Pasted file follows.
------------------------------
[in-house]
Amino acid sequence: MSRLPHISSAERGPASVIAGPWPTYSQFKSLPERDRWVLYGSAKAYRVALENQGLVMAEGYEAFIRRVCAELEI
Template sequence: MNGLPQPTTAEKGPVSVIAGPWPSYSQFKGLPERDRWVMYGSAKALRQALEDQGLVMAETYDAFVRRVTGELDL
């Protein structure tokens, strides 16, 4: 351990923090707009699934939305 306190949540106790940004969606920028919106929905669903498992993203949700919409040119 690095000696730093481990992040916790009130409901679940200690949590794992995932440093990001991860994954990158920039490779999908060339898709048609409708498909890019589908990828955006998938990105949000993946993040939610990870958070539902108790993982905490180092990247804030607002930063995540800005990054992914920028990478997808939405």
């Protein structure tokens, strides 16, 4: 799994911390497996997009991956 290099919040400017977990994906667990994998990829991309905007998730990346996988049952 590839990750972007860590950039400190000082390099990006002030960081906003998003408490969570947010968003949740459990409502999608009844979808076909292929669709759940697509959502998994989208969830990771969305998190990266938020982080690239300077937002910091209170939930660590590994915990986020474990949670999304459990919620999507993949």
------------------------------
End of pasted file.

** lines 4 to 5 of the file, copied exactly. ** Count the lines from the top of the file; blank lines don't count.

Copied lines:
């Protein structure tokens, strides 16, 4: 351990923090707009699934939305 306190949540106790940004969606920028919106929905669903498992993203949700919409040119 690095000696730093481990992040916790009130409901679940200690949590794992995932440093990001991860994954990158920039490779999908060339898709048609409708498909890019589908990828955006998938990105949000993946993040939610990870958070539902108790993982905490180092990247804030607002930063995540800005990054992914920028990478997808939405």
């Protein structure tokens, strides 16, 4: 799994911390497996997009991956 290099919040400017977990994906667990994998990829991309905007998730990346996988049952 590839990750972007860590950039400190000082390099990006002030960081906003998003408490969570947010968003949740459990409502999608009844979808076909292929669709759940697509959502998994989208969830990771969305998190990266938020982080690239300077937002910091209170939930660590590994915990986020474990949670999304459990919620999507993949």